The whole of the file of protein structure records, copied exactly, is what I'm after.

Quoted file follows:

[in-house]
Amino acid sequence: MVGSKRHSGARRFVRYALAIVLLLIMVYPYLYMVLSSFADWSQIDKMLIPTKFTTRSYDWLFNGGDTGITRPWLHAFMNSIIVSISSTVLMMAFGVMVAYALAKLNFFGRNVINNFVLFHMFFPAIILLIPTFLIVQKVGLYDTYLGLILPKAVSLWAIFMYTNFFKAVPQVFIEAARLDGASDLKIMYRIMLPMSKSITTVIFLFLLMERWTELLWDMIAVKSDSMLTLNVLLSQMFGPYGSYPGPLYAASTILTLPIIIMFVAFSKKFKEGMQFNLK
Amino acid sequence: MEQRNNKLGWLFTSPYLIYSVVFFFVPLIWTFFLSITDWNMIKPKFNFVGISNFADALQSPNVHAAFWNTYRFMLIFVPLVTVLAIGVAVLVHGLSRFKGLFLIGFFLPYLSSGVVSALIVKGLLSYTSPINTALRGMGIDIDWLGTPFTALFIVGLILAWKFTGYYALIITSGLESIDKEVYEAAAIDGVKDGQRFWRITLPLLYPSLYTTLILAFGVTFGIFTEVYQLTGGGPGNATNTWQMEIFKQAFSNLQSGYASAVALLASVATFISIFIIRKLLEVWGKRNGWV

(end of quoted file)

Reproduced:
[in-house]
Amino acid sequence: MVGSKRHSGARRFVRYALAIVLLLIMVYPYLYMVLSSFADWSQIDKMLIPTKFTTRSYDWLFNGGDTGITRPWLHAFMNSIIVSISSTVLMMAFGVMVAYALAKLNFFGRNVINNFVLFHMFFPAIILLIPTFLIVQKVGLYDTYLGLILPKAVSLWAIFMYTNFFKAVPQVFIEAARLDGASDLKIMYRIMLPMSKSITTVIFLFLLMERWTELLWDMIAVKSDSMLTLNVLLSQMFGPYGSYPGPLYAASTILTLPIIIMFVAFSKKFKEGMQFNLK
Amino acid sequence: MEQRNNKLGWLFTSPYLIYSVVFFFVPLIWTFFLSITDWNMIKPKFNFVGISNFADALQSPNVHAAFWNTYRFMLIFVPLVTVLAIGVAVLVHGLSRFKGLFLIGFFLPYLSSGVVSALIVKGLLSYTSPINTALRGMGIDIDWLGTPFTALFIVGLILAWKFTGYYALIITSGLESIDKEVYEAAAIDGVKDGQRFWRITLPLLYPSLYTTLILAFGVTFGIFTEVYQLTGGGPGNATNTWQMEIFKQAFSNLQSGYASAVALLASVATFISIFIIRKLLEVWGKRNGWV